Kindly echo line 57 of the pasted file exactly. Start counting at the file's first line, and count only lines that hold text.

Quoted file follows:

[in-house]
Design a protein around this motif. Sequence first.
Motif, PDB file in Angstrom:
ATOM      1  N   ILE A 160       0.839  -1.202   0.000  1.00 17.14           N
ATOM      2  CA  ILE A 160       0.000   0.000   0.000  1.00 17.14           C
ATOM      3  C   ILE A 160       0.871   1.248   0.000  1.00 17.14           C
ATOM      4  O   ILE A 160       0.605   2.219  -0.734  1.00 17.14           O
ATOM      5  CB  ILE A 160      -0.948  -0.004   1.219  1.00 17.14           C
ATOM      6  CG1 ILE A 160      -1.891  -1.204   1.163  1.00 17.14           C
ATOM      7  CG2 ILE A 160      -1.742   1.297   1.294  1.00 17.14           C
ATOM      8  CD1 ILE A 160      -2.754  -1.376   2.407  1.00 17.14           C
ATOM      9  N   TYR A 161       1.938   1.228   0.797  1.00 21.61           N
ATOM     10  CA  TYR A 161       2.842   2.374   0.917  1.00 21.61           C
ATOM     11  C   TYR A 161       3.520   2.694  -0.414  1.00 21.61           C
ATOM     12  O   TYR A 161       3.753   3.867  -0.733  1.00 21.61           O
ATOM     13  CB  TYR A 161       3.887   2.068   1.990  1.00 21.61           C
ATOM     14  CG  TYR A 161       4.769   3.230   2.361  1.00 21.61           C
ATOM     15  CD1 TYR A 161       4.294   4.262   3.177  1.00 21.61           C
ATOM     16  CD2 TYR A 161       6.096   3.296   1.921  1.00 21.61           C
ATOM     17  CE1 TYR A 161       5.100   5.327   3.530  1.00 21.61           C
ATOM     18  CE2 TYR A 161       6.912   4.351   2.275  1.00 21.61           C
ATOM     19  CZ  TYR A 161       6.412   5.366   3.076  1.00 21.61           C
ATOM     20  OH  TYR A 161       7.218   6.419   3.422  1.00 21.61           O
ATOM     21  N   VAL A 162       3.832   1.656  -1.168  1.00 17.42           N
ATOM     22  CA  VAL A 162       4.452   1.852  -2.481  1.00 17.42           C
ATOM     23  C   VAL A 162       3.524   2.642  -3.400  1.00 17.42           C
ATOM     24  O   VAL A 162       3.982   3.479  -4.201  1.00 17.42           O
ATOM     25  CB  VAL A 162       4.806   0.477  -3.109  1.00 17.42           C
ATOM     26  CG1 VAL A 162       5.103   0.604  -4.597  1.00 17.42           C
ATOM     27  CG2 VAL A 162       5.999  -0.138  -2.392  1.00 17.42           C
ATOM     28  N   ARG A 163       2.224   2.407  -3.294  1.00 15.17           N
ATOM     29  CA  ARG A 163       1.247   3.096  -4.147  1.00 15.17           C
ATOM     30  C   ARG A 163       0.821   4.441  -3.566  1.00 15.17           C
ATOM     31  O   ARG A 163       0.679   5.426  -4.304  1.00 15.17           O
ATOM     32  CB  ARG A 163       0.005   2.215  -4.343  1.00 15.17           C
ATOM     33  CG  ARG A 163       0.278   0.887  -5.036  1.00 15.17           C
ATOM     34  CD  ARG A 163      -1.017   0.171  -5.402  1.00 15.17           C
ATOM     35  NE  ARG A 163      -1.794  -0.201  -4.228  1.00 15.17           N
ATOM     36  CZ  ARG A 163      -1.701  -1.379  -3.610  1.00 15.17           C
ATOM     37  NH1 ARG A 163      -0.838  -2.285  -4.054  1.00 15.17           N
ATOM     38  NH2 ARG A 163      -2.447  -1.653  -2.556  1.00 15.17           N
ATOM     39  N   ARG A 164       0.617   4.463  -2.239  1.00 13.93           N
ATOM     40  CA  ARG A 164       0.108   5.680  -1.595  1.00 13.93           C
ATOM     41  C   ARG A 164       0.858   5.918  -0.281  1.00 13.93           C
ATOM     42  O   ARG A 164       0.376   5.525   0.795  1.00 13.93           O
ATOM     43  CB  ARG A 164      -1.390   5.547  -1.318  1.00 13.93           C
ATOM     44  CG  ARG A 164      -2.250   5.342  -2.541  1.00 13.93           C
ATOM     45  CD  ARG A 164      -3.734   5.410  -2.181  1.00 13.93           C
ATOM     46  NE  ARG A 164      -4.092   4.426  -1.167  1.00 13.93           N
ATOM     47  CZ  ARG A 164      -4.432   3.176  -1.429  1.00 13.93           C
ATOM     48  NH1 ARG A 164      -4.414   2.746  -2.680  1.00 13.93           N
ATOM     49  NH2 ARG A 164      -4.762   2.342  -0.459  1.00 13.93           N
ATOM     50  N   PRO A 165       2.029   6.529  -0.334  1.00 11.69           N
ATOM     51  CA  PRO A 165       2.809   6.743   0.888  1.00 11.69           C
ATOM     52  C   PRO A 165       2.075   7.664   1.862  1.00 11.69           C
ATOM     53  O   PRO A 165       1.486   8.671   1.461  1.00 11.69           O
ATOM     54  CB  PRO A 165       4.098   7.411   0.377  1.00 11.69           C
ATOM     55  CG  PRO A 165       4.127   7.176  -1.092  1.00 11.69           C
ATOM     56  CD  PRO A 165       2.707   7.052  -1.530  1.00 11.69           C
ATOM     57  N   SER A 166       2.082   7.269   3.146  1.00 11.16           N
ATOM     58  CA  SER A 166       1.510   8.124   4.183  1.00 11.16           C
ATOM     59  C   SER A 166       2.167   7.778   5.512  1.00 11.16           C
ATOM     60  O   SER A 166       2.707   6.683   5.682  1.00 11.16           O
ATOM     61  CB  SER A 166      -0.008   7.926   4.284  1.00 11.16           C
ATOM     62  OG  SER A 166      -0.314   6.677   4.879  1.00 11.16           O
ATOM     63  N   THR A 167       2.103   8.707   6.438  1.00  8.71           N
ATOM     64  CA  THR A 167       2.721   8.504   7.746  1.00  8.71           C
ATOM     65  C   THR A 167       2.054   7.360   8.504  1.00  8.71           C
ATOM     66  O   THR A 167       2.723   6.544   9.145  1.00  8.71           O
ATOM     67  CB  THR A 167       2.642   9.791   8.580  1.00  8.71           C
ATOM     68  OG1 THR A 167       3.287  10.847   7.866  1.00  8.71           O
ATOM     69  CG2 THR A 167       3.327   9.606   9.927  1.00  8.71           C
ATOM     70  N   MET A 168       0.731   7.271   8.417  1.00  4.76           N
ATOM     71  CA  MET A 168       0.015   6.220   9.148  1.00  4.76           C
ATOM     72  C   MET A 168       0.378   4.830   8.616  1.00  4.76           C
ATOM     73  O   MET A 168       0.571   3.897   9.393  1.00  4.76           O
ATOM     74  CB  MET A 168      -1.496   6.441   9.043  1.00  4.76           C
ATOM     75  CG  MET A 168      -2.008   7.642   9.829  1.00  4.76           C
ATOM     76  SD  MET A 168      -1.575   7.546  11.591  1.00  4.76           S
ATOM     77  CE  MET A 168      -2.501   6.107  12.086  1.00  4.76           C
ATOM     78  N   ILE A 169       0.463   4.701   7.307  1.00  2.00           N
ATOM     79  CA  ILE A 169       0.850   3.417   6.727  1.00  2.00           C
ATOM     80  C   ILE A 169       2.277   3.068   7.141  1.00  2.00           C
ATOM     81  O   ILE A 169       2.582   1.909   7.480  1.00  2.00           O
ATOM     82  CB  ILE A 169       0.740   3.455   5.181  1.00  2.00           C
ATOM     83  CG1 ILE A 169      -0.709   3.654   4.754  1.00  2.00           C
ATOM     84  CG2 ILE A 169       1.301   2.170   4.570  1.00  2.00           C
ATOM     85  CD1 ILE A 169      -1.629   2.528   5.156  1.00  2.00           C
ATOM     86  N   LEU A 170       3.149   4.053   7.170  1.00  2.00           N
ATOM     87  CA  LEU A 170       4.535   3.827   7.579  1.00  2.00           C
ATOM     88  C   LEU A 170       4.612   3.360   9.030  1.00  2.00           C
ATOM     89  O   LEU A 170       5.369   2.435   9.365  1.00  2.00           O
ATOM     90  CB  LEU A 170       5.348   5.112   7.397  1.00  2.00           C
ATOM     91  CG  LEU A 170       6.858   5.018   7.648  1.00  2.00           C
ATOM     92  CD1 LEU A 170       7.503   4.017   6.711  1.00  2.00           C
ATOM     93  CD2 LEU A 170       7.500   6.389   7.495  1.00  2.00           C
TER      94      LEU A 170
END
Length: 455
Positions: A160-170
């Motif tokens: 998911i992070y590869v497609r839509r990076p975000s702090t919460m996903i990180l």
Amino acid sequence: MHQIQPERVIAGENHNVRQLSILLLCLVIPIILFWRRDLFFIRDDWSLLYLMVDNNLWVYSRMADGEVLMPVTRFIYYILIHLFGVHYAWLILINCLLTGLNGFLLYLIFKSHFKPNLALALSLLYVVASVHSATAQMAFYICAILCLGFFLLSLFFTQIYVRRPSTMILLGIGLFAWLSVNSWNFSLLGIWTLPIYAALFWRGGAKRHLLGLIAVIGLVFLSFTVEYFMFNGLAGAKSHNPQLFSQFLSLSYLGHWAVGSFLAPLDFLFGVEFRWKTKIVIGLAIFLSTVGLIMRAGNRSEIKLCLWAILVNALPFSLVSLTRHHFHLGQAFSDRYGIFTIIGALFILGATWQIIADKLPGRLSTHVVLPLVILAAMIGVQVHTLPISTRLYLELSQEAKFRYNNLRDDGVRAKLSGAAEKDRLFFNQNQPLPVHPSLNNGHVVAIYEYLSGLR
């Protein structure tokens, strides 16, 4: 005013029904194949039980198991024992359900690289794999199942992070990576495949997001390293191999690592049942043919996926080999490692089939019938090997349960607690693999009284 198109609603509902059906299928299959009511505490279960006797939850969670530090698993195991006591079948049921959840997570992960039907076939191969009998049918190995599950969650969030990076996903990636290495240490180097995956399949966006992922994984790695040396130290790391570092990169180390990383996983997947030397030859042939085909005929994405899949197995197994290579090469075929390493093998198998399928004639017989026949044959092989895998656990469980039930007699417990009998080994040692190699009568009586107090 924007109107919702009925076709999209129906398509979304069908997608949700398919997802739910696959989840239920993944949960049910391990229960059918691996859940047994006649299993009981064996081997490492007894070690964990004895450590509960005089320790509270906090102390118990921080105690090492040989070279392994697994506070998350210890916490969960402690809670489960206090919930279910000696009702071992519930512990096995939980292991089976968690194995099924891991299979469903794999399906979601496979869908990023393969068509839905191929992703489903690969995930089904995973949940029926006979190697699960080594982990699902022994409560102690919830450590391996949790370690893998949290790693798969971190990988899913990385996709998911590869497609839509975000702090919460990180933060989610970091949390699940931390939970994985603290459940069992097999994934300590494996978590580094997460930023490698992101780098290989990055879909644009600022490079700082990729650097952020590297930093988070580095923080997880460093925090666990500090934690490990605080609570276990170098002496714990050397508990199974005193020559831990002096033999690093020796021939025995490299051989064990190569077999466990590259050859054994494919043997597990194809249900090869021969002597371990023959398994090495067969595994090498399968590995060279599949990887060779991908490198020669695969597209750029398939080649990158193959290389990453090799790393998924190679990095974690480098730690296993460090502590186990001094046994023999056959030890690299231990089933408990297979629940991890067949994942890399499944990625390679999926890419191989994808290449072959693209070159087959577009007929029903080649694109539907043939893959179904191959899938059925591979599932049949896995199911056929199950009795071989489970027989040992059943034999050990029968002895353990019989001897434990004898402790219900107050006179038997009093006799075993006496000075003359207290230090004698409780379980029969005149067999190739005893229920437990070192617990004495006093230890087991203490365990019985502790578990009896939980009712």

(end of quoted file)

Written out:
ATOM     54  CB  PRO A 165       4.098   7.411   0.377  1.00 11.69           C